House Bill 3 was written to protect juvenile victims who are being prostituted, and to strengthen human trafficking laws in Kentucky.
Lawmakers say their support for House Bill 3 was a no-brainer.
21st District State Representative from Warren County Jim Decesare (R) is a co-sponsor.
"The worst thing that could ever been done to a person is to steal someone's soul, and to steal their being and sell it off for the highest bidder. That's just wrong," Decesare says.
"I was really glad that passed, and I was glad it passed with such an overwhelming majority," says Rep. Jody Richards, (D) 20th District.
Since human trafficking became a law in Kentucky in 2008, there has been nearly 150 cases, and 20 were prosecuted.
Warren County Commonwealth Attorney Chris Cohron says child prostitution is a main form of human trafficking in Kentucky.
The bill adds a "Safe Harbor Provision" to protect children, where a they cannot be subject to any criminal penalties.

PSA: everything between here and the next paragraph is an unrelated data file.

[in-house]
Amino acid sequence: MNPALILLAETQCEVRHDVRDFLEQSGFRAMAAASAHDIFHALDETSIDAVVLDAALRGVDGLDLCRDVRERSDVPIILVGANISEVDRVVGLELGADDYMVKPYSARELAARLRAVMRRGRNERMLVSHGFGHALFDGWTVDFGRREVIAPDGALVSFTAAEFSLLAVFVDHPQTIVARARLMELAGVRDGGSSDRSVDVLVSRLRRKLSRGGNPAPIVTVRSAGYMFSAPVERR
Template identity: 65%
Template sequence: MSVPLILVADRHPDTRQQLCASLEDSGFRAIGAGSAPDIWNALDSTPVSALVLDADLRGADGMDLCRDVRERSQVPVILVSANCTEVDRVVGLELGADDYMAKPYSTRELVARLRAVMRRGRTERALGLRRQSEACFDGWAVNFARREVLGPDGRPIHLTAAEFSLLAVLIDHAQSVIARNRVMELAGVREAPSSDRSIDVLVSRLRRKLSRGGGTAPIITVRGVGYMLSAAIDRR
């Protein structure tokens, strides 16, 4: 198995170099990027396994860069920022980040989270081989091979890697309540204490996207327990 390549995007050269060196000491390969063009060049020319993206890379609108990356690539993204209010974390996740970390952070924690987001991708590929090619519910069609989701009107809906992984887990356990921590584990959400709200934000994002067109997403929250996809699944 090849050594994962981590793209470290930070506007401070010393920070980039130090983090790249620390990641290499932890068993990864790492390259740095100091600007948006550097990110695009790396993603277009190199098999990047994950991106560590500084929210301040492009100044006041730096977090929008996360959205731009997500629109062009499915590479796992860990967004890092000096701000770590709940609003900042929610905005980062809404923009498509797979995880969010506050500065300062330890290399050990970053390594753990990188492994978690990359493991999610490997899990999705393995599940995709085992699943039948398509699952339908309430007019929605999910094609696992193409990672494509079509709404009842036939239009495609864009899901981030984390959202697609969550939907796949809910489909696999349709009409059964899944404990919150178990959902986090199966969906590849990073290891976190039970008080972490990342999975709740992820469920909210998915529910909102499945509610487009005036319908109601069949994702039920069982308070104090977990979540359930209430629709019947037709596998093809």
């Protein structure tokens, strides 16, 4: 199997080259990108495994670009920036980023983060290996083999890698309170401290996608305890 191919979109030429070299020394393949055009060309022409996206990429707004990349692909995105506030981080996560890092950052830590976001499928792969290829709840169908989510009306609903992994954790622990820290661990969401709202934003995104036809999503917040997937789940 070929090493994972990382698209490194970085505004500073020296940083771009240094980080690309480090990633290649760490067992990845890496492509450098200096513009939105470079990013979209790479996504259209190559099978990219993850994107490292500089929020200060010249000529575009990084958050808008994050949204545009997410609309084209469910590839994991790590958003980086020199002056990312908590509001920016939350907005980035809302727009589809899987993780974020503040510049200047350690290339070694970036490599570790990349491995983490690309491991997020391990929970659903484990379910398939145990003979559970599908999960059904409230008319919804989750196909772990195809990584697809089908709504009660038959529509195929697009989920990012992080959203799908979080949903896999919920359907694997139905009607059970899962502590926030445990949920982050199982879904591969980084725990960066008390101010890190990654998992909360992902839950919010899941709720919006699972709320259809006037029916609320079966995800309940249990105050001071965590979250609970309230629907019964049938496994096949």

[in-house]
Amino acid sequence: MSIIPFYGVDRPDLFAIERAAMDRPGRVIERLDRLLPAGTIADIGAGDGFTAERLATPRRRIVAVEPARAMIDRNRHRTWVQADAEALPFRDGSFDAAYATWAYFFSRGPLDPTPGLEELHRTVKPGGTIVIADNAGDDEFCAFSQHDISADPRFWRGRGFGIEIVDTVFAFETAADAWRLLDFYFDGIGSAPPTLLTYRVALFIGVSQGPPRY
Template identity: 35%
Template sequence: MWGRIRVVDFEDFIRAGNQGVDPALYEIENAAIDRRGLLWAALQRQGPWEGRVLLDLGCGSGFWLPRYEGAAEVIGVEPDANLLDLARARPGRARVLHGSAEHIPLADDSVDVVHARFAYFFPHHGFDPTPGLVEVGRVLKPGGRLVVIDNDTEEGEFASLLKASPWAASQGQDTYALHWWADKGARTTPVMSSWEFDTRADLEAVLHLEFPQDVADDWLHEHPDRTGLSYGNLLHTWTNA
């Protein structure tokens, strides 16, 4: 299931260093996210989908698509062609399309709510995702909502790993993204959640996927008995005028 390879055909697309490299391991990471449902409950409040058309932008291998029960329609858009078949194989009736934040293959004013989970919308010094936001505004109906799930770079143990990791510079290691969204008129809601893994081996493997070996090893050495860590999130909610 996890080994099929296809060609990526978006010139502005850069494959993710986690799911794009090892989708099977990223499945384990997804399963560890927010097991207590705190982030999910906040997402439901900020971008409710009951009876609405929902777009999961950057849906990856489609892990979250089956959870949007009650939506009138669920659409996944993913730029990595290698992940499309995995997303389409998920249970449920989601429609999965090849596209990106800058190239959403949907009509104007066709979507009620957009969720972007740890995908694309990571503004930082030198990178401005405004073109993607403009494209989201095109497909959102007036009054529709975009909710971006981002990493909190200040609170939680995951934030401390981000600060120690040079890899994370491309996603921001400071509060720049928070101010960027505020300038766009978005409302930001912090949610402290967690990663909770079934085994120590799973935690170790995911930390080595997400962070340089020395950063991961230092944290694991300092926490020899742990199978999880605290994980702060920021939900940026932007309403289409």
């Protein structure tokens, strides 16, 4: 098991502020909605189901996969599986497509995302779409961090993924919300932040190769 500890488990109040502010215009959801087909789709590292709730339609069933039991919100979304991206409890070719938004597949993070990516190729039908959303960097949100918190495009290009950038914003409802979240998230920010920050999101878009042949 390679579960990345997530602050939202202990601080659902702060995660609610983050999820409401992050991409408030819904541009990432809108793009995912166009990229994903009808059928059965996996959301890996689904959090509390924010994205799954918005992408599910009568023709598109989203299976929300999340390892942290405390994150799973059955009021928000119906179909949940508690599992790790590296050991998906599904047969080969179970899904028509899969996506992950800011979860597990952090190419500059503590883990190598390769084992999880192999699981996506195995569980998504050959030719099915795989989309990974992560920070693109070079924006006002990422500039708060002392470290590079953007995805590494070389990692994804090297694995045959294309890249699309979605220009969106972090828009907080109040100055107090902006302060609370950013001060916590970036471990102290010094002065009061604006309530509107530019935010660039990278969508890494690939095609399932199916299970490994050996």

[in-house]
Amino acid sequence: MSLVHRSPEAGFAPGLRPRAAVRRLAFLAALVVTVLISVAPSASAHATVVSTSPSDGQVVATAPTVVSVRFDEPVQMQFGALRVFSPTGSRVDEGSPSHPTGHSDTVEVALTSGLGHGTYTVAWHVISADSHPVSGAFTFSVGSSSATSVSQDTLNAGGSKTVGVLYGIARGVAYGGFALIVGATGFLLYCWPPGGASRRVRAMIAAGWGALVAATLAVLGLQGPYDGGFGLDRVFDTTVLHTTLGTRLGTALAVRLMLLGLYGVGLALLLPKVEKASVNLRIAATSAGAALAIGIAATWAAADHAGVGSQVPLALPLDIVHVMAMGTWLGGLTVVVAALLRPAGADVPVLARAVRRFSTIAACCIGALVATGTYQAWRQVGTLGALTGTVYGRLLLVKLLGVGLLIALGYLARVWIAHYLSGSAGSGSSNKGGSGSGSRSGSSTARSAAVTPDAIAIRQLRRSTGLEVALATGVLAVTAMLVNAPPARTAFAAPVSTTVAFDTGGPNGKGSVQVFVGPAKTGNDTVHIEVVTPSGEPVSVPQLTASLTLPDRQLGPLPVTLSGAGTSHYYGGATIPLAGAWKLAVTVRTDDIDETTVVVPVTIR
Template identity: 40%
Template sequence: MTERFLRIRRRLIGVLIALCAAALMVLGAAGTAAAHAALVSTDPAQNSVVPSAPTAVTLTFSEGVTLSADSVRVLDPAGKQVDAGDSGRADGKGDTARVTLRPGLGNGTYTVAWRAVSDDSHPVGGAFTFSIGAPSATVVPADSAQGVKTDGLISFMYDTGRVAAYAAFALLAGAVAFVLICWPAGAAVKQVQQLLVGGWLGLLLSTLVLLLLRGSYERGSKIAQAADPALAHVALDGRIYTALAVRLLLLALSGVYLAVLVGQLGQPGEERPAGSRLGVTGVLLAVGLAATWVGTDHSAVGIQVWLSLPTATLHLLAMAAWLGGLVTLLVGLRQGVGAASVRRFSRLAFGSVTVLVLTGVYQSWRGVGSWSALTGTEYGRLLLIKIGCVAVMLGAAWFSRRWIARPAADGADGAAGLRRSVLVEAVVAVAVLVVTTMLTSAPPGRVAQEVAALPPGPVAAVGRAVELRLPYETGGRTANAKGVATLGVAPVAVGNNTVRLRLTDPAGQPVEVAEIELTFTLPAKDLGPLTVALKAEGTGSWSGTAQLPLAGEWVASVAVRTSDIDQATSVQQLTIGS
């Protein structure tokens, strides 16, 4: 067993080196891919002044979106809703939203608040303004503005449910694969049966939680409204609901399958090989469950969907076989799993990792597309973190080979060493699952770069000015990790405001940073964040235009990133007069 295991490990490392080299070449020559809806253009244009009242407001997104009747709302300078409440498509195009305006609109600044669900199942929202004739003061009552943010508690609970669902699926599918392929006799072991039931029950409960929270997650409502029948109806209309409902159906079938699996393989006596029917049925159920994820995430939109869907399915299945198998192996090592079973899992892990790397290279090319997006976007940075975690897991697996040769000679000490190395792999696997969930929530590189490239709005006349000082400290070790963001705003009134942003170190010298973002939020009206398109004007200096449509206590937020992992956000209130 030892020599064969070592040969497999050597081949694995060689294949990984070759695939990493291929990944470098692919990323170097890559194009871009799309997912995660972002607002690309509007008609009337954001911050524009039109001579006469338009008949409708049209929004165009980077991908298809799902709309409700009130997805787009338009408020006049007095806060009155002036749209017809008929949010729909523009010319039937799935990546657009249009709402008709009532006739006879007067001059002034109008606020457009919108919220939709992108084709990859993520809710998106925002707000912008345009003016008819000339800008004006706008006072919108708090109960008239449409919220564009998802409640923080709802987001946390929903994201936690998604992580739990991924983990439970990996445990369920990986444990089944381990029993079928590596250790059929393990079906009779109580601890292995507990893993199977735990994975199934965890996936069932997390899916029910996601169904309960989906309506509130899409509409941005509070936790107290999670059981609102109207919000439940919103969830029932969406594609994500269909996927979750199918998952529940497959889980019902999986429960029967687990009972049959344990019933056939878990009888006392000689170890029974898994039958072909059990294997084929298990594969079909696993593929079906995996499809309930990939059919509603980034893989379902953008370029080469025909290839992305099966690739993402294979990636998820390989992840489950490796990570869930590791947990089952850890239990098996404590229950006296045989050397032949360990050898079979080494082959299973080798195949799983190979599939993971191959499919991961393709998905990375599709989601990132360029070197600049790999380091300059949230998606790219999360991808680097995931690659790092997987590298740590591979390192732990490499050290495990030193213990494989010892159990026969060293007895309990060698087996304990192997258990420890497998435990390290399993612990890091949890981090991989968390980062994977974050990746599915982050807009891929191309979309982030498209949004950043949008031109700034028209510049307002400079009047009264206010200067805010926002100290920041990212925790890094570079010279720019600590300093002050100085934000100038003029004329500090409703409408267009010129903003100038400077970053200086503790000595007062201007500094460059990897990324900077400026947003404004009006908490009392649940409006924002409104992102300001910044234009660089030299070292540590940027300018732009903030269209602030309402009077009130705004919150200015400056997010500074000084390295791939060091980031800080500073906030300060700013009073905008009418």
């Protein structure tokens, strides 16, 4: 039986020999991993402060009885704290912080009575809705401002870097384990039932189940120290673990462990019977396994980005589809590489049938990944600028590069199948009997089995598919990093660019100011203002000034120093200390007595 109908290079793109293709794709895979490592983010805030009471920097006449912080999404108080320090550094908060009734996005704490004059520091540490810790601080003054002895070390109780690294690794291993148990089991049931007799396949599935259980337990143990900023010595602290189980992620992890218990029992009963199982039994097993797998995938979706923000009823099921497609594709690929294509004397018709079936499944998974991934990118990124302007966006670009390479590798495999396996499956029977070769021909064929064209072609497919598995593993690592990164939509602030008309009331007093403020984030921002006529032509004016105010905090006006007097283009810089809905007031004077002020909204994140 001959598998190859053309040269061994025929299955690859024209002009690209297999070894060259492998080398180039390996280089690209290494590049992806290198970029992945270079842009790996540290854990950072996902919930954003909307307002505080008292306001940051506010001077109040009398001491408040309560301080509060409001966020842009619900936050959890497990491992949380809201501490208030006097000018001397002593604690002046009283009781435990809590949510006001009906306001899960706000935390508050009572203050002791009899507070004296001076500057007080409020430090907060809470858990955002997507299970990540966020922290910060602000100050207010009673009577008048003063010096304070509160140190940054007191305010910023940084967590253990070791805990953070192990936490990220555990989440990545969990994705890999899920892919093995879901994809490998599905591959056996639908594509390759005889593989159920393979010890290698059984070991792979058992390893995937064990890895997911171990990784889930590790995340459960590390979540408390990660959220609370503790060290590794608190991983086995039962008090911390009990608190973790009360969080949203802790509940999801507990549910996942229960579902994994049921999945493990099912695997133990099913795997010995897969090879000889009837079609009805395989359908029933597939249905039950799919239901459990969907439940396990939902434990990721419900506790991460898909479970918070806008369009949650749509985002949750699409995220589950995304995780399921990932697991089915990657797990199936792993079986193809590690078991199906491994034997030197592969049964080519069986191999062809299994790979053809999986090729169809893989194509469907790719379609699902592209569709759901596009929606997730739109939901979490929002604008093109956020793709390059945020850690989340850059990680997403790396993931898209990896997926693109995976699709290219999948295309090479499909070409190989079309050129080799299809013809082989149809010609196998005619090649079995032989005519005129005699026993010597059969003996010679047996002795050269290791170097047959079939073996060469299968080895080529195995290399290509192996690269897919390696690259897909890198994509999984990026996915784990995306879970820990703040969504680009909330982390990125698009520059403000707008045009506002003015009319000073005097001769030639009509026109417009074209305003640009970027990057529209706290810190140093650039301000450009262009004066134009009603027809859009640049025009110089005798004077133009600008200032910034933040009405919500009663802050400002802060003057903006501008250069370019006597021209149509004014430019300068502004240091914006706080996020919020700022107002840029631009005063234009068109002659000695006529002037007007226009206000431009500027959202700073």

"The essence of that is to make sure the child is treated as a victim in these human trafficking cases and to get the resources to that child more directly and as quick as possible," Cohron says.
Cohron assisted State Representatives Sannie Overly (D) and Addia Wuchner (R) in writing House Bill 3.
"We tried to help craft the language that would protect the victim, but all the while allow us to more effectively prosecute perpetrators of human trafficking," Cohron says.
Warren County has one of the few human trafficking cases in Kentucky right now.
If this is passed into law, this case won't be affected, but Cohron hopes this will help protect underage victims in the future.
"As we go forward, it will allow kids that have been abused and used in human trafficking to have a more direct pipeline to getting resources," he says.
The bill was moved to the Senate Tuesday.
House Bill 3 was passed in the House 95 to 0.